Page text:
It’s amazing the lessons that can be learned in just a few hours on a beautiful Saturday morning.
Today, Laurie and I headed to Nashville with three other friends to help flood victims with salvage and cleanup. Christie Wright, the wife of my friend Jeff, was our trip planner/organizer. Of course, with a disaster of this magnitude, you can’t really do much real planning, so the plan was basically, “Let’s go find some people to help.”
When we first arrived in Bellevue — the area hardest hit by the flooding — we couldn’t find the folks Christie had originally contacted. We got out to walk around the neighborhood to see if anyone needed a hand. The devastation was pretty startling, as entire homes were being completely gutted.
In the photo below (click on any of the pics to make them larger), notice the water line in the garage, where all the drywall had been removed. Every house on the block looked like this.
We were eventually told that this street had had plenty of help, and that we might be of more use in another area. So we got back in the car and went in further search of folks with need.
Unfortunately, we had a little trouble navigating, as many of the roads were closed that lead to areas we were told were coordinating relief efforts. We finally just decided that “local traffic only” included us, and drove around a road block. The damage we saw there was far worse than where we’d been initially… and worse than anything we’d seen on the news.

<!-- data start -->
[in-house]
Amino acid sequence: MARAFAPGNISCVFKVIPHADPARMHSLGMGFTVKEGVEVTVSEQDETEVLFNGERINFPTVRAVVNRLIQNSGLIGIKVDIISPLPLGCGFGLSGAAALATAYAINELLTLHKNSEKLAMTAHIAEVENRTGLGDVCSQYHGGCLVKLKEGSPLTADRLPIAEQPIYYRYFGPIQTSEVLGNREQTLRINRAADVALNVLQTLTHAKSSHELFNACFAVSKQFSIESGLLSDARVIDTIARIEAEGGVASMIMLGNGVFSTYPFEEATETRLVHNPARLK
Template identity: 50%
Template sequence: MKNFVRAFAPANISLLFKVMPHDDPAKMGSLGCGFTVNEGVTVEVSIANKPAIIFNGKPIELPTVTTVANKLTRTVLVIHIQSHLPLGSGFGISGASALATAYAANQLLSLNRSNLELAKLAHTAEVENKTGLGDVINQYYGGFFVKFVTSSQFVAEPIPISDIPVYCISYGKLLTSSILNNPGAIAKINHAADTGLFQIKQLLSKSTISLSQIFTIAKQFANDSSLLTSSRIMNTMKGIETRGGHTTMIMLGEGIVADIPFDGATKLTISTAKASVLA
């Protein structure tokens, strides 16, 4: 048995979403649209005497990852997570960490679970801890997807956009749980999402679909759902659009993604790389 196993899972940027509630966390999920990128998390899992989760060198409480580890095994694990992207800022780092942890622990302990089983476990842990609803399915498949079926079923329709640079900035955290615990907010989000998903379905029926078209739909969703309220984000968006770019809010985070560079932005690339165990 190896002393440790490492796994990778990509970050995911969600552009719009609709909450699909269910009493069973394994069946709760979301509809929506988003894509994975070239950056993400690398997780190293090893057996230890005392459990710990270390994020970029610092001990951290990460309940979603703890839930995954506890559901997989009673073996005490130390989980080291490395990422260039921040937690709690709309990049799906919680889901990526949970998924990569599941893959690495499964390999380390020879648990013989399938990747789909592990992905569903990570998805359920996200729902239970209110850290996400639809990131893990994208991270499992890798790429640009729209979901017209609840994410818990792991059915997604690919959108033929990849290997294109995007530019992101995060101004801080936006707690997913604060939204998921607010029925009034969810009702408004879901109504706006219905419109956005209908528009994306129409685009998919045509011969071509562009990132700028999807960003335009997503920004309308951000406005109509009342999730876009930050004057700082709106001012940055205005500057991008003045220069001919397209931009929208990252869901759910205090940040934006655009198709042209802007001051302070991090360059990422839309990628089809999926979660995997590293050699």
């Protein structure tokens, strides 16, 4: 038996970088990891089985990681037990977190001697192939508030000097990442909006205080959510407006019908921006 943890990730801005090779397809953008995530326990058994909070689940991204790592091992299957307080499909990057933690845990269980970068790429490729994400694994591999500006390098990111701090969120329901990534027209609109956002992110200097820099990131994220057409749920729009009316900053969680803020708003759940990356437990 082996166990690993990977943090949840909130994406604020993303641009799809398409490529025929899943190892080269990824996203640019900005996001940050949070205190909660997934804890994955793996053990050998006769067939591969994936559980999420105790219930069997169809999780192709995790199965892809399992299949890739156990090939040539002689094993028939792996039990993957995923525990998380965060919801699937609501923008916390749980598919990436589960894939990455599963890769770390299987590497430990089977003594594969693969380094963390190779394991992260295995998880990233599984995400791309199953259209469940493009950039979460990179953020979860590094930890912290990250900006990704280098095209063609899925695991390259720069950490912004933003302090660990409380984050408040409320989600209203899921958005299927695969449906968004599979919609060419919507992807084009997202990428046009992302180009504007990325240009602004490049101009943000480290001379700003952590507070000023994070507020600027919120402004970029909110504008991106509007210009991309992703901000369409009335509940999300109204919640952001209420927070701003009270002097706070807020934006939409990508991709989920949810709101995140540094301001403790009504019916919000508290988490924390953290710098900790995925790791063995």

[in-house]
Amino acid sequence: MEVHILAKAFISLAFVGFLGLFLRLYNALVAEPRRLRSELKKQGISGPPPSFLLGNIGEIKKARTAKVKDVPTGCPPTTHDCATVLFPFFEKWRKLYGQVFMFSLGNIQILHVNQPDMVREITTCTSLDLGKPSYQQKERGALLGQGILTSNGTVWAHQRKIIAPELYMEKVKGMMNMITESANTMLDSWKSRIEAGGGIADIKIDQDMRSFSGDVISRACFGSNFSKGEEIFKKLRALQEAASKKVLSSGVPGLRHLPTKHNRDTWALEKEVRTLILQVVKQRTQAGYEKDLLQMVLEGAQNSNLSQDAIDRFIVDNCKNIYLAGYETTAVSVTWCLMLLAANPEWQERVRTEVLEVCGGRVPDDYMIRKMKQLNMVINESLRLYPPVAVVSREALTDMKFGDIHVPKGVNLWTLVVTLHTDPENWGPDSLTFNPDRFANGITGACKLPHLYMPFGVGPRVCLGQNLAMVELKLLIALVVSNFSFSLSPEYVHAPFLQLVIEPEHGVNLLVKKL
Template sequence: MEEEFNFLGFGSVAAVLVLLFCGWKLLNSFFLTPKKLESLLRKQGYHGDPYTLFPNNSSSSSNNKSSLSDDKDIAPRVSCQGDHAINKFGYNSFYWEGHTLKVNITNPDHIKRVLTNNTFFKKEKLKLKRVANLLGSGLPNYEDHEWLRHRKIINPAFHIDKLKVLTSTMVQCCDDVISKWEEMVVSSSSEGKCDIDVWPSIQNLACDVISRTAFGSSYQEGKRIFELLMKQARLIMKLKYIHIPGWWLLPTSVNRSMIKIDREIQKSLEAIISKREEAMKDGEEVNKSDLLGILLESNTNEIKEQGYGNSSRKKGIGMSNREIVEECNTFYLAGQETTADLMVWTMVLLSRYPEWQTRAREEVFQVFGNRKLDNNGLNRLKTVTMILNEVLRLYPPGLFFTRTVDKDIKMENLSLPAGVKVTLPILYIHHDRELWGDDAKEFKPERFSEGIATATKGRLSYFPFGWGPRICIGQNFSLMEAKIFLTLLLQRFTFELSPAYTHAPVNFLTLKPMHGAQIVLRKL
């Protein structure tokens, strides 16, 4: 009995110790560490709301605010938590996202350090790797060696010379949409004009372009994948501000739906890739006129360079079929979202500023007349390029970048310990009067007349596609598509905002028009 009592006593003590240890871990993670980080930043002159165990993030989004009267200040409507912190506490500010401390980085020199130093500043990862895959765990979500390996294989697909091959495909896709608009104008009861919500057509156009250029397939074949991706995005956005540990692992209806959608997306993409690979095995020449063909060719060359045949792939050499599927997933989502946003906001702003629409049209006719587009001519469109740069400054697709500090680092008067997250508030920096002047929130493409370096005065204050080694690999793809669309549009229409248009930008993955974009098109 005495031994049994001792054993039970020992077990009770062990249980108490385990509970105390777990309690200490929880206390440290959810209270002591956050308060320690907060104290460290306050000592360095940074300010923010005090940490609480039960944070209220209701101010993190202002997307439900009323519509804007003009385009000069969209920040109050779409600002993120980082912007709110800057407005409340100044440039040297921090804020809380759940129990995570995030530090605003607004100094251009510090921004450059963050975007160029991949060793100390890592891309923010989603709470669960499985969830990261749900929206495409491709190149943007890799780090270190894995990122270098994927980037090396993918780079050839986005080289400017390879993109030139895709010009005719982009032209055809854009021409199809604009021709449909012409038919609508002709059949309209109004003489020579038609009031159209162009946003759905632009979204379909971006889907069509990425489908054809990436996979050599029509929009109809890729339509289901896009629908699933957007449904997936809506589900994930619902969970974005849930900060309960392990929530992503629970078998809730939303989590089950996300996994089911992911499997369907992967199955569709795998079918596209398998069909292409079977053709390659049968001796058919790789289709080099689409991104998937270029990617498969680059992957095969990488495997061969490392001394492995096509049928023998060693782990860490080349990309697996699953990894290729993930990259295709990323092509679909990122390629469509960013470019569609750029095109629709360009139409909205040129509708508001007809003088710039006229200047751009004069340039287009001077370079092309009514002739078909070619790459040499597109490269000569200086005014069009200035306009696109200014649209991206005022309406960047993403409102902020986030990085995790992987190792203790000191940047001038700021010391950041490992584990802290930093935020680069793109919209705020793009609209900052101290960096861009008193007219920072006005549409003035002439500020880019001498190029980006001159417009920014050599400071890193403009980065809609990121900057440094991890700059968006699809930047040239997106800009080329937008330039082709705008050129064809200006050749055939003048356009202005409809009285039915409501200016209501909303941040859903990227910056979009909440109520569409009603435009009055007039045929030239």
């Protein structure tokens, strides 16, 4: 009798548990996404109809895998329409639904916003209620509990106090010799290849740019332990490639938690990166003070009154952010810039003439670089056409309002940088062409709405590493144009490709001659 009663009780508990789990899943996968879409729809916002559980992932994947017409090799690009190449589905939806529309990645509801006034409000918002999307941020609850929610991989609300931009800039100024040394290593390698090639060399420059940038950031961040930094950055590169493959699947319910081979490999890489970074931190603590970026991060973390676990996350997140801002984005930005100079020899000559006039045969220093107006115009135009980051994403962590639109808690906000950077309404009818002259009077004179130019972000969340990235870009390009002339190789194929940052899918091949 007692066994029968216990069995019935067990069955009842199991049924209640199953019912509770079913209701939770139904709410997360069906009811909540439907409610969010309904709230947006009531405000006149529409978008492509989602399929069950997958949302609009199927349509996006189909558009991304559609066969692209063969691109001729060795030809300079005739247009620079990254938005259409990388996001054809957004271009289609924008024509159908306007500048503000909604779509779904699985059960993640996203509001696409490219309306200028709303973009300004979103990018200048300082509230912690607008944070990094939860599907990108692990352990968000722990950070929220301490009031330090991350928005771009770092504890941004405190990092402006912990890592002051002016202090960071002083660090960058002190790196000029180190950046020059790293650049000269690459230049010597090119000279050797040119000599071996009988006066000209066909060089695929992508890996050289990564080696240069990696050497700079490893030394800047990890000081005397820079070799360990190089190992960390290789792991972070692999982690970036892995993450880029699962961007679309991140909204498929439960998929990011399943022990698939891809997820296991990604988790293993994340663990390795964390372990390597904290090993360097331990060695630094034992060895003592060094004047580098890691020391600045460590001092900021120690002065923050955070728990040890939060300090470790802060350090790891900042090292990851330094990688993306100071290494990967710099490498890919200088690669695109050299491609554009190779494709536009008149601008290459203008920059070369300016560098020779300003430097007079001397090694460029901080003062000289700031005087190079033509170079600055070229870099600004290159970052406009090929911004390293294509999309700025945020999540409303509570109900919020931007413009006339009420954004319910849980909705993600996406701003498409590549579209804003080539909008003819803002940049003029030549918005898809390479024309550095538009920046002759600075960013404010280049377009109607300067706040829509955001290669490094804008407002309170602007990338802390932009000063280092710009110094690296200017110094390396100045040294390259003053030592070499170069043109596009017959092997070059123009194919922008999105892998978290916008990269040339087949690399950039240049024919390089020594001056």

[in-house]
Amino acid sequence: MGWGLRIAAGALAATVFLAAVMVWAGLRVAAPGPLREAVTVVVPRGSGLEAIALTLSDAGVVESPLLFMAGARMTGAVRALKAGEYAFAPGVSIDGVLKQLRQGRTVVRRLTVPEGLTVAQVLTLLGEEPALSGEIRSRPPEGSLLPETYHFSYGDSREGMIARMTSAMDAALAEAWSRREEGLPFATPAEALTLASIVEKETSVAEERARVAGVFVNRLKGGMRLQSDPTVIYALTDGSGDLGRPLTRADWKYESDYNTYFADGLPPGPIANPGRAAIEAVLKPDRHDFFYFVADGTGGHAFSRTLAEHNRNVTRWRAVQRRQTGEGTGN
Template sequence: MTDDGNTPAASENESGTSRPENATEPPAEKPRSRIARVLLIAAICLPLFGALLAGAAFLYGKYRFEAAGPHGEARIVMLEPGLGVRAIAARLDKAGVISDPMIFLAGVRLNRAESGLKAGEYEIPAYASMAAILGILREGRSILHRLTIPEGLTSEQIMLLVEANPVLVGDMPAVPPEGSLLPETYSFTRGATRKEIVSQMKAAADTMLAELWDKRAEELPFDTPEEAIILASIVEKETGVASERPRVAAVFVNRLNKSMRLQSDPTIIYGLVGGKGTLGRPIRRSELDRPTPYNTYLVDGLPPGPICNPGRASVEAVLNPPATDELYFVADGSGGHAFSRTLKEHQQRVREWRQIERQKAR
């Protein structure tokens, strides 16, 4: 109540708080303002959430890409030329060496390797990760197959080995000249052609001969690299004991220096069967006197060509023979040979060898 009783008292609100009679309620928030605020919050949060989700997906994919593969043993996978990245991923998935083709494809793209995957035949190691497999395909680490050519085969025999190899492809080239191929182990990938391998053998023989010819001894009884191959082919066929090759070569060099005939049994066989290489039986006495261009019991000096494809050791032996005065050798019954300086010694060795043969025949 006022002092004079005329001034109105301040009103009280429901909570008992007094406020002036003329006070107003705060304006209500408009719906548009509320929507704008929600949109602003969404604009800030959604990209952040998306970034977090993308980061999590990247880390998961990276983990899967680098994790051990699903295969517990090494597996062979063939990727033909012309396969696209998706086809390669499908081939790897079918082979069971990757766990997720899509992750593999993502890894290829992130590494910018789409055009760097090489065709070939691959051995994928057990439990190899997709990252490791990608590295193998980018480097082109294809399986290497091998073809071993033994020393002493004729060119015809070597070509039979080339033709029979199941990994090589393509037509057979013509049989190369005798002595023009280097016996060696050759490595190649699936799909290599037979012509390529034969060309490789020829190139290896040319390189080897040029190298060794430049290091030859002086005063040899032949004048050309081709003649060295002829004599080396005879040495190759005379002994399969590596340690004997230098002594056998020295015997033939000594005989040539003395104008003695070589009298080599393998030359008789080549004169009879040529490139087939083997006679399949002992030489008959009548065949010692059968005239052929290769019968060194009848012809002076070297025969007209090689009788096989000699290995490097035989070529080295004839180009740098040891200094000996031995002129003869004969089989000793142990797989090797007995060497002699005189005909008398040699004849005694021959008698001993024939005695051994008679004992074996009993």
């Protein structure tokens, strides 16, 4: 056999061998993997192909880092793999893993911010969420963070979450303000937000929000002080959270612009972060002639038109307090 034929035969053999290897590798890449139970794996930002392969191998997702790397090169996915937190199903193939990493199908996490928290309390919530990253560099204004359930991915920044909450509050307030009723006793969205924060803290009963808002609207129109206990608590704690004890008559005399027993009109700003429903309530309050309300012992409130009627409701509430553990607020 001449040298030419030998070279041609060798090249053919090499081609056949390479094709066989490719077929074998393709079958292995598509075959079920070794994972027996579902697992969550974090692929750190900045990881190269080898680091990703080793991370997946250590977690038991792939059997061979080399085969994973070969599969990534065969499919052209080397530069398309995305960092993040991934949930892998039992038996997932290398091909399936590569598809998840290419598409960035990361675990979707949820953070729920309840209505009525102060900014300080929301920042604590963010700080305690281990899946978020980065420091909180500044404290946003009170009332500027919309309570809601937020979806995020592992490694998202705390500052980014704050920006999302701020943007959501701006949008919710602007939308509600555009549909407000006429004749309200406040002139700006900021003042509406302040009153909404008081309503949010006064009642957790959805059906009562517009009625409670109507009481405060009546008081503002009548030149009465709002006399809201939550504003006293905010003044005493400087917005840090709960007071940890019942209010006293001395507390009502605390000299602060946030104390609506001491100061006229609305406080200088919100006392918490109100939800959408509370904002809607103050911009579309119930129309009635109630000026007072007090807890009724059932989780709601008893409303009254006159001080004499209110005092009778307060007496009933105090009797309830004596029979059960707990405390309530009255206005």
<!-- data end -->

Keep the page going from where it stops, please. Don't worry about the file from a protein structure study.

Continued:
We were directed by the first folks we spoke with on this street that the most help was needed “at the house with all the chickens in the yard.” The house in question was three stories high, but the water line was still near the roof! When the Harpeth River flooded, the water rose quickly. The homeowner said she and her husband (an Army officer who just returned from Iraq a little over a month ago) had spent 11 hours moving things into the third floor before finally taking their three young children and vacating the house. Unfortunately, the third floor wasn’t safe, as the water level reached above bed height even there… 25 feet above ground!
They had been pulling anything remotely salvageable out onto tarps in the front yard, supervised by the survivors from their flock of chickens (28 out of 70 survived… the rest drowned after being rescued from the chicken coop and stored in the 2nd floor craft room, where the family thought they would be safe). Below is Laurie surveying the damage from the back of the house.
This is a sweet family. None of the other volunteers could stop speaking of how much they loved them. Cynthia (the mother of the family) was a great encouragement to me, as her attitude in the wake of such extreme devastation was unshakably positive. Despite having suffered the most extensive loss of “stuff” among their neighbors (theirs is the only house being bulldozed), she repeatedly put things in perspective by saying that we were merely looking for “stuff”, while down the street they were looking for bodies (an elderly couple may not have made it out of their home before the flooding). She refused to be pitied, insisting that because of the love and care of so many friends, they had been blessed far more than their neighbors.